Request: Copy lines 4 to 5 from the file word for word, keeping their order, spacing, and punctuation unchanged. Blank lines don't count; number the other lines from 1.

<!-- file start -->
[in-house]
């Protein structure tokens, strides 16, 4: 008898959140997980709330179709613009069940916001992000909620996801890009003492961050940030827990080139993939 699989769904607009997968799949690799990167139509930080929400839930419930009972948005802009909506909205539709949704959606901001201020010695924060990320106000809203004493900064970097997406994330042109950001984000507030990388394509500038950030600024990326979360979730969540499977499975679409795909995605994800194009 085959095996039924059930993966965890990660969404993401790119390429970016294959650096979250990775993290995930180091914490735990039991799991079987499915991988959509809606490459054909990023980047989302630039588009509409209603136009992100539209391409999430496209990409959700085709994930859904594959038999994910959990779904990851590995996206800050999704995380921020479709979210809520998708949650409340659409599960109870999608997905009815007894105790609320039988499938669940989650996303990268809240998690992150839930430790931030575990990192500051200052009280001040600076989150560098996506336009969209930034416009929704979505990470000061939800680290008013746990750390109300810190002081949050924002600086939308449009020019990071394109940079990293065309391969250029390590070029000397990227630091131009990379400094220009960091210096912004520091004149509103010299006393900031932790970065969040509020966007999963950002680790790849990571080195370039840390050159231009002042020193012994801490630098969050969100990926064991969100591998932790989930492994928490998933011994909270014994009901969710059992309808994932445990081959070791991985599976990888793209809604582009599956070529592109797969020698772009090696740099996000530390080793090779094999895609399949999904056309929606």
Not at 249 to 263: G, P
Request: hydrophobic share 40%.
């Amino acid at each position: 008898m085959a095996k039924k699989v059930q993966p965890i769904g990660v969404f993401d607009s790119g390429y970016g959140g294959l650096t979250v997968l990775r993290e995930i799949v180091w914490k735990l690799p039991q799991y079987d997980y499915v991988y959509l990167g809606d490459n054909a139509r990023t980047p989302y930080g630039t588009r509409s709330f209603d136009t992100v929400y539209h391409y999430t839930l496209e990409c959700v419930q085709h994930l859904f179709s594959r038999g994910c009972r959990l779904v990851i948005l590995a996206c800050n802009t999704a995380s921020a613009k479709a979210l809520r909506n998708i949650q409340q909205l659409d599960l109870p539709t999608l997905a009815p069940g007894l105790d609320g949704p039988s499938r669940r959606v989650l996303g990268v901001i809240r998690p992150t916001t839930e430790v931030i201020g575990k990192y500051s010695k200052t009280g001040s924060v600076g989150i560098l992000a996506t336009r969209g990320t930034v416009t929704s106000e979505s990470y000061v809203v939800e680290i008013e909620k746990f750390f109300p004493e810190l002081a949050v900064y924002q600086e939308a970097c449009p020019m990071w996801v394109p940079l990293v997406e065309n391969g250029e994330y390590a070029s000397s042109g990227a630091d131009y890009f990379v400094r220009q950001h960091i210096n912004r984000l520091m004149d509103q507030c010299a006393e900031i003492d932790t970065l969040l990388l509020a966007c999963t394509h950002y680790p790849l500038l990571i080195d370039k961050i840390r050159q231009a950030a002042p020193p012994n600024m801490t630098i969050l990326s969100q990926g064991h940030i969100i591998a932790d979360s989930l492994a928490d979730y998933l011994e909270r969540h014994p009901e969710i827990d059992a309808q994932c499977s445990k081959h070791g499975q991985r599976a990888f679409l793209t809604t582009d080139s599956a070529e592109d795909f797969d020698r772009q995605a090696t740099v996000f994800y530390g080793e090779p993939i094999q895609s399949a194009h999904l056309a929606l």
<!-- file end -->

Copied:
Request: hydrophobic share 40%.
């Amino acid at each position: 008898m085959a095996k039924k699989v059930q993966p965890i769904g990660v969404f993401d607009s790119g390429y970016g959140g294959l650096t979250v997968l990775r993290e995930i799949v180091w914490k735990l690799p039991q799991y079987d997980y499915v991988y959509l990167g809606d490459n054909a139509r990023t980047p989302y930080g630039t588009r509409s709330f209603d136009t992100v929400y539209h391409y999430t839930l496209e990409c959700v419930q085709h994930l859904f179709s594959r038999g994910c009972r959990l779904v990851i948005l590995a996206c800050n802009t999704a995380s921020a613009k479709a979210l809520r909506n998708i949650q409340q909205l659409d599960l109870p539709t999608l997905a009815p069940g007894l105790d609320g949704p039988s499938r669940r959606v989650l996303g990268v901001i809240r998690p992150t916001t839930e430790v931030i201020g575990k990192y500051s010695k200052t009280g001040s924060v600076g989150i560098l992000a996506t336009r969209g990320t930034v416009t929704s106000e979505s990470y000061v809203v939800e680290i008013e909620k746990f750390f109300p004493e810190l002081a949050v900064y924002q600086e939308a970097c449009p020019m990071w996801v394109p940079l990293v997406e065309n391969g250029e994330y390590a070029s000397s042109g990227a630091d131009y890009f990379v400094r220009q950001h960091i210096n912004r984000l520091m004149d509103q507030c010299a006393e900031i003492d932790t970065l969040l990388l509020a966007c999963t394509h950002y680790p790849l500038l990571i080195d370039k961050i840390r050159q231009a950030a002042p020193p012994n600024m801490t630098i969050l990326s969100q990926g064991h940030i969100i591998a932790d979360s989930l492994a928490d979730y998933l011994e909270r969540h014994p009901e969710i827990d059992a309808q994932c499977s445990k081959h070791g499975q991985r599976a990888f679409l793209t809604t582009d080139s599956a070529e592109d795909f797969d020698r772009q995605a090696t740099v996000f994800y530390g080793e090779p993939i094999q895609s399949a194009h999904l056309a929606l």